Now King Solomon loved many foreign women. Besides Pharaoh’s daughter, he married women from Moab, Ammon, Edom, Sidon, and from among the Hittites.
The LORD had clearly instructed the people of Israel, “You must not marry them, because they will turn your hearts to their gods.” Yet Solomon insisted on loving them anyway.
He had 700 wives of royal birth and 300 concubines. And in fact, they did turn his heart away from the LORD .
In Solomon’s old age, they turned his heart to worship other gods instead of being completely faithful to the LORD his God, as his father, David, had been.
Solomon worshiped Ashtoreth, the goddess of the Sidonians, and Molech, the detestable god of the Ammonites.
In this way, Solomon did what was evil in the LORD ’s sight; he refused to follow the LORD completely, as his father, David, had done.
On the Mount of Olives, east of Jerusalem, he even built a pagan shrine for Chemosh, the detestable god of Moab, and another for Molech, the detestable god of the Ammonites.
Solomon built such shrines for all his foreign wives to use for burning incense and sacrificing to their gods.
The LORD was very angry with Solomon, for his heart had turned away from the LORD, the God of Israel, who had appeared to him twice.
He had warned Solomon specifically about worshiping other gods, but Solomon did not listen to the LORD ’s command.
So now the LORD said to him, “Since you have not kept my covenant and have disobeyed my decrees, I will surely tear the kingdom away from you and give it to one of your servants.
But for the sake of your father, David, I will not do this while you are still alive. I will take the kingdom away from your son.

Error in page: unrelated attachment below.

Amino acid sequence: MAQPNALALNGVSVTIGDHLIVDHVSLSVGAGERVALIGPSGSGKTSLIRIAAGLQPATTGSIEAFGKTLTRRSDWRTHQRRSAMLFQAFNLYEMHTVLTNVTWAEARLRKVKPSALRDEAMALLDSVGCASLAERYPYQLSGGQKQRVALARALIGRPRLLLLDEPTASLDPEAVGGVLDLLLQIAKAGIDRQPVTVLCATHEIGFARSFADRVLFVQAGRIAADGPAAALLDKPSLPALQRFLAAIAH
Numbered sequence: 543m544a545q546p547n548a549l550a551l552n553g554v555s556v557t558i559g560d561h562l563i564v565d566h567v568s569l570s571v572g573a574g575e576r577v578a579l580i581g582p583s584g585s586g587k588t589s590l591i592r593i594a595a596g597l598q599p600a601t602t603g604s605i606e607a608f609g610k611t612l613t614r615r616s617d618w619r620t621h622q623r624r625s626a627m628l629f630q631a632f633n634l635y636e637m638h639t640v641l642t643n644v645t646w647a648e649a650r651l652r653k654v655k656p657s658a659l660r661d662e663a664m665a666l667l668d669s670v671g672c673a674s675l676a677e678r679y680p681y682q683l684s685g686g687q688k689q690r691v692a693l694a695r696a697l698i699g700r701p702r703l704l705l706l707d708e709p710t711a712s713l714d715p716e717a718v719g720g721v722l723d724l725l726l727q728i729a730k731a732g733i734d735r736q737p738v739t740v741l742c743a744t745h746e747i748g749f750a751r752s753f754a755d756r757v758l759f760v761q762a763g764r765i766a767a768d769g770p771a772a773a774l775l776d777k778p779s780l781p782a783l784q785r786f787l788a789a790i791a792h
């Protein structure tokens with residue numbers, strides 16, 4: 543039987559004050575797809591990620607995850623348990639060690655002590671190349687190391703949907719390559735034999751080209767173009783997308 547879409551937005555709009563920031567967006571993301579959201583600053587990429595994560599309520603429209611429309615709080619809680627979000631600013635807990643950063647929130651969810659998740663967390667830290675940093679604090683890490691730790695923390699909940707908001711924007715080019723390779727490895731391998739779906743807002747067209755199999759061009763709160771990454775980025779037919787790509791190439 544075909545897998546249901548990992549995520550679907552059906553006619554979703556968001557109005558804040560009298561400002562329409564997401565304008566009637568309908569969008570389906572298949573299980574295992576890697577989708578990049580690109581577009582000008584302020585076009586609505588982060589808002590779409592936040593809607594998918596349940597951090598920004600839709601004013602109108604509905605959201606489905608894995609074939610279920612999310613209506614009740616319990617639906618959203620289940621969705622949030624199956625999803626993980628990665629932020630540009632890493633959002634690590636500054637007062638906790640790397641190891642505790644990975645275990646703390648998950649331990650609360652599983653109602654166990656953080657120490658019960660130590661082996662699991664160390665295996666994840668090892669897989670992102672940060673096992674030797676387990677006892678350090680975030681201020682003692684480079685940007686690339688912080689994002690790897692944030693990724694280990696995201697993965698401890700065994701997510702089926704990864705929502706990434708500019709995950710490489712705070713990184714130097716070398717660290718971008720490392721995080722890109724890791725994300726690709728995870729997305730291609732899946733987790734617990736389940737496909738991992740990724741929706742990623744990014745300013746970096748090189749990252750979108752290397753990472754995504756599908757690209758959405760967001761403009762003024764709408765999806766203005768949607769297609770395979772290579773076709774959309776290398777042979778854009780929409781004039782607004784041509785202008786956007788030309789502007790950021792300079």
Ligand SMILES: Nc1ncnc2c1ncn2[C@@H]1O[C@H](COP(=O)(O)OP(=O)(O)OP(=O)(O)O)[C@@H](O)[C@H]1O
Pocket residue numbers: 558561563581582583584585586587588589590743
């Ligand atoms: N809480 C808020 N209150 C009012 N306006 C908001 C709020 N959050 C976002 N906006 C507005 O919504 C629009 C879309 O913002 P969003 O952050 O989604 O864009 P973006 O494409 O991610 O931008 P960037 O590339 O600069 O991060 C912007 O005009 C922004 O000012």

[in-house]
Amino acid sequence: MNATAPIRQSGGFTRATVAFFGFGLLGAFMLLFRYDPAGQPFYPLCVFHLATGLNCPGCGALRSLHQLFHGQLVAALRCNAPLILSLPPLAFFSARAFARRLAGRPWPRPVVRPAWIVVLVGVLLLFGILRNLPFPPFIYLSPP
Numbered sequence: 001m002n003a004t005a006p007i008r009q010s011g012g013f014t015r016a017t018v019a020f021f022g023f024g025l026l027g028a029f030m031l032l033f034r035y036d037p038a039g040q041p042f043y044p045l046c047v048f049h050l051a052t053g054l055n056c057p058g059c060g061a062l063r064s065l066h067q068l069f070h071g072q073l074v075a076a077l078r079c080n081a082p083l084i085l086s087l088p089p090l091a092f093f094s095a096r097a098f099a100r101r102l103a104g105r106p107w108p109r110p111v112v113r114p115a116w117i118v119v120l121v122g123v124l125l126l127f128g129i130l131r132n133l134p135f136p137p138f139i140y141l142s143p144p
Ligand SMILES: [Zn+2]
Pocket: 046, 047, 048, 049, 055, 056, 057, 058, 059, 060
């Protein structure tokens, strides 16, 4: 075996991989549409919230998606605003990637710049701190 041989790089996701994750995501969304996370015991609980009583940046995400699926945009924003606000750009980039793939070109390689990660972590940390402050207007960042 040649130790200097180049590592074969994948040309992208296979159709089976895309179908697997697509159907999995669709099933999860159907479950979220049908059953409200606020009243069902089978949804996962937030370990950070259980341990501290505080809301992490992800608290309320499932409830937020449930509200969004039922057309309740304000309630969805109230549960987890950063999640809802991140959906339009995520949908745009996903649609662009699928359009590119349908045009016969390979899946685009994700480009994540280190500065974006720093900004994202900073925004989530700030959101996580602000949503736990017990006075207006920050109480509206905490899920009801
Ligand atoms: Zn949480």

And even so, I will not take away the entire kingdom; I will let him be king of one tribe, for the sake of my servant David and for the sake of Jerusalem, my chosen city.”
Then the LORD raised up Hadad the Edomite, a member of Edom’s royal family, to be Solomon’s adversary.
Years before, David had defeated Edom. Joab, his army commander, had stayed to bury some of the Israelite soldiers who had died in battle. While there, they killed every male in Edom.
Joab and the army of Israel had stayed there for six months, killing them.
But Hadad and a few of his father’s royal officials escaped and headed for Egypt. (Hadad was just a boy at the time.)
They set out from Midian and went to Paran, where others joined them. Then they traveled to Egypt and went to Pharaoh, who gave them a home, food, and some land.
Pharaoh grew very fond of Hadad, and he gave him his wife’s sister in marriage—the sister of Queen Tahpenes.
She bore him a son named Genubath. Tahpenes raised him in Pharaoh’s palace among Pharaoh’s own sons.
When the news reached Hadad in Egypt that David and his commander Joab were both dead, he said to Pharaoh, “Let me return to my own country.”
“Why?” Pharaoh asked him. “What do you lack here that makes you want to go home?” “Nothing,” he replied. “But even so, please let me return home.”
God also raised up Rezon son of Eliada as Solomon’s adversary. Rezon had fled from his master, King Hadadezer of Zobah,